Blu-ray Review: “Home Of The Brave” Is A Commendable Film


Review by Ann McDonald

A sensitive, educated black man’s World War II-time problems. This is essentially the duplicate of his peace-time problems which are pointed up in a flashback of his life, and primarily of his war-time adventures with four white soldiers on a dangerous reconnaissance mission on a Japanese-held island.

“Home of the Brave” is a 1949 black and white war saga set in the Pacific. The timeline and location is never disclosed but the background to the story and its locale are unimportant as the movie sets out to show us that ‘war is hell’ no matter where it is set and every man takes his own private conflict with him. The movie opens with a team being put together for a reconnaissance of one of the islands in the Pacific which is already occupied by the Japanese army.

Our motley crew assembles when Private Peter Moss (James Edwards), a black soldier from another unit joins them and it doesn’t take long for the racial tension to show its ugly face, even though one of the men is an old friend of Moss, Finch (Lloyd Bridges), a man he used to go to school with. The film uses flashbacks to good effect and apparently Moss comes back from the island crippled and he suffers a nervous breakdown. A psychiatrist (Jeff Corey) is determined to break through the wall that Moss has built up around himself and find out exactly what happened on the island as Finch was killed there in action.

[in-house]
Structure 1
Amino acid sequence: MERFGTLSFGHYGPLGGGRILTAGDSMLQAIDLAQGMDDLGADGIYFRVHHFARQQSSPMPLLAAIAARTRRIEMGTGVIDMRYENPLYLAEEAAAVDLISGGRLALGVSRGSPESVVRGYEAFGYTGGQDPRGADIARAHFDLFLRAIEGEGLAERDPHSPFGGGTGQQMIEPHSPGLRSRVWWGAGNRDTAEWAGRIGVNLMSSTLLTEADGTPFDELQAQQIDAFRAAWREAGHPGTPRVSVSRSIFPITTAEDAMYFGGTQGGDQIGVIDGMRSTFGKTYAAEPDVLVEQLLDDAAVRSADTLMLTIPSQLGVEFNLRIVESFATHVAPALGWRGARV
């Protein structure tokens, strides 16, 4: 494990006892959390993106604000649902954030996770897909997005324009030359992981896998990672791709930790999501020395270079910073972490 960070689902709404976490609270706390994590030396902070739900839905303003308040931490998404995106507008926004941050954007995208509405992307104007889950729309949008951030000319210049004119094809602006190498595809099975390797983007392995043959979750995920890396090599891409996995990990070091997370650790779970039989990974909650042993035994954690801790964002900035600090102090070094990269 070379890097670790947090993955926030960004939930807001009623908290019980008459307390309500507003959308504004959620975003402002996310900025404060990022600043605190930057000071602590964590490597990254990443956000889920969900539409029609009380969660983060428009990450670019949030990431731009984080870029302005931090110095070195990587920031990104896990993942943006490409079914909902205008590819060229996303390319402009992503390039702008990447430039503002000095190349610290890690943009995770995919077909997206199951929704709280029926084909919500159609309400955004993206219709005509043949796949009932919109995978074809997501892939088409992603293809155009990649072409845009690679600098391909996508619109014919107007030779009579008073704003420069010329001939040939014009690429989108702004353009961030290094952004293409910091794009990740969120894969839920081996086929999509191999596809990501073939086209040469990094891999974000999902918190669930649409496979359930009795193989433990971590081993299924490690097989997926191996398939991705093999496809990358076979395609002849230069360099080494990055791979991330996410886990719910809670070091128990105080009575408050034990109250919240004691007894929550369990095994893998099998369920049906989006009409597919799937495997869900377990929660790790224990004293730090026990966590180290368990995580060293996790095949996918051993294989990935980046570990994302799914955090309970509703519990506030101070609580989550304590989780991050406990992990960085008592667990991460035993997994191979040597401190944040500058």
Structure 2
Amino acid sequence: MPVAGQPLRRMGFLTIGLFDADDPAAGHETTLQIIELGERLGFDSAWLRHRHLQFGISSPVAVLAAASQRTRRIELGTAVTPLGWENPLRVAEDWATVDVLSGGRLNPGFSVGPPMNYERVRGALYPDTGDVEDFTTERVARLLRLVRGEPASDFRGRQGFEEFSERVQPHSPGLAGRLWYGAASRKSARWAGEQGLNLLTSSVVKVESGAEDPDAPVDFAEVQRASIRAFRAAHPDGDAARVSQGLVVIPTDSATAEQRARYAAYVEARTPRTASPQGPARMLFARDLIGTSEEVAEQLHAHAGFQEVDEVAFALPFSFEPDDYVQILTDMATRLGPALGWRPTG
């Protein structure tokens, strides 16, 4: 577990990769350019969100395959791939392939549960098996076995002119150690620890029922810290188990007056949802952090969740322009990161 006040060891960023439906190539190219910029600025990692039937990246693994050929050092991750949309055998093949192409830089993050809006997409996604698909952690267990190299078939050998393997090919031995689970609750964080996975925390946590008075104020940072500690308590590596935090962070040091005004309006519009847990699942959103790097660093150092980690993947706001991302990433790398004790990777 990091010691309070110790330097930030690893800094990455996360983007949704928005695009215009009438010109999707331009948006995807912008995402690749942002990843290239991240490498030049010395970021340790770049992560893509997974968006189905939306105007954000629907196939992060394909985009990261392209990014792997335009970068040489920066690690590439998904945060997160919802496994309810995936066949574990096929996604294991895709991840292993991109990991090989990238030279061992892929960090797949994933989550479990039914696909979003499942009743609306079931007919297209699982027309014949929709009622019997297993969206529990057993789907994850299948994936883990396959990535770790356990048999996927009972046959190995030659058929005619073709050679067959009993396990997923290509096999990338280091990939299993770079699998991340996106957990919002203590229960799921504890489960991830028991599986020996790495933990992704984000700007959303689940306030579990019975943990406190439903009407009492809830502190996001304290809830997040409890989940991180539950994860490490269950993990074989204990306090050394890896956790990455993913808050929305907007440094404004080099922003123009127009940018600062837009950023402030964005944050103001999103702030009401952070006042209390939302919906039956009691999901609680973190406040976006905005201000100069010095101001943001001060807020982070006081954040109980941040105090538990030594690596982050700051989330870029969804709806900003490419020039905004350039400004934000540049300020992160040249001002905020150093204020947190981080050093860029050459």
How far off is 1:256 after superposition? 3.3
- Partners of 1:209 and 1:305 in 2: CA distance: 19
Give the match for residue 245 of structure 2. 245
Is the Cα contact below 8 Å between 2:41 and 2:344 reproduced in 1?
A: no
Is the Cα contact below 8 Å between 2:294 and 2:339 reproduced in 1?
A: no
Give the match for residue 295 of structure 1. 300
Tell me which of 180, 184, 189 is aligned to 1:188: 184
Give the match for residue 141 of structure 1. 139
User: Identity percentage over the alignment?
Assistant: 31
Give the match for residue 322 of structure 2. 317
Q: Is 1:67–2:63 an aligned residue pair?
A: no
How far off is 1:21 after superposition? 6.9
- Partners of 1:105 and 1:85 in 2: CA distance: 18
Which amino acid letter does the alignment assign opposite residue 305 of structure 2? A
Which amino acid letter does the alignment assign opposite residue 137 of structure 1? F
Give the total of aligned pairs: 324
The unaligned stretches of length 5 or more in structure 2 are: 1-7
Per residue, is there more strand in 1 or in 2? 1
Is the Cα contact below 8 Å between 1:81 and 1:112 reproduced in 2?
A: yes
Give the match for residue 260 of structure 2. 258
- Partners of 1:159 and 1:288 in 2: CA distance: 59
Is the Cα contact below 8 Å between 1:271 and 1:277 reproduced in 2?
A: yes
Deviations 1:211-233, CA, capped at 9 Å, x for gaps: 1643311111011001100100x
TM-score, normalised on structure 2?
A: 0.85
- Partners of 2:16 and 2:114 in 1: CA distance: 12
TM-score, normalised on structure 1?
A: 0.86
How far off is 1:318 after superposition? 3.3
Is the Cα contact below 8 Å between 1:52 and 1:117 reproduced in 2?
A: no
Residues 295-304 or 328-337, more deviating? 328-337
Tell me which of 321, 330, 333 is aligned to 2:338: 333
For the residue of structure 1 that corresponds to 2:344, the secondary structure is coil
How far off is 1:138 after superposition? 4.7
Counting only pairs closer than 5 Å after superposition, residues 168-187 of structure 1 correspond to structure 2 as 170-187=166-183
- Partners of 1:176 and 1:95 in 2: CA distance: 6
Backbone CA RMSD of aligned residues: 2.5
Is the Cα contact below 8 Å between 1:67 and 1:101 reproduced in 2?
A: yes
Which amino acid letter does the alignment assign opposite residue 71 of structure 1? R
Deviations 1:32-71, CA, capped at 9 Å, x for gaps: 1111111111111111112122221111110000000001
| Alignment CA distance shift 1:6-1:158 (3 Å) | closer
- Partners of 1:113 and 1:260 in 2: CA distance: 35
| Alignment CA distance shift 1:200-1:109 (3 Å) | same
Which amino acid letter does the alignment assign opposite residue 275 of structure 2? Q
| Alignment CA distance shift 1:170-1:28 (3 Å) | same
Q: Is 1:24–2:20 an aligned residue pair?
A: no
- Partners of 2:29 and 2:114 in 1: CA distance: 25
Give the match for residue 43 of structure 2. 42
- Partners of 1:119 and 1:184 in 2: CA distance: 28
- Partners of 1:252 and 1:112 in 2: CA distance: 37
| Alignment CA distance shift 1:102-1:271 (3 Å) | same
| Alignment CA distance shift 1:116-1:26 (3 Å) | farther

Then the story unfolds through the eyes of Moss. The interplay between the men and the dialogue was impressive and the performances were, for the most part, quietly underplayed. The story was, at times, very simplistic and you have to shake away the years since the film was made (1949) and concentrate because the truths, then as now, don’t change with the years. We are spoiled in this age of technology with all the bells and whistles and this film serves as a reminder that sometimes it’s good exercise to just keep quiet and listen. Recommended.

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Ann McDonald

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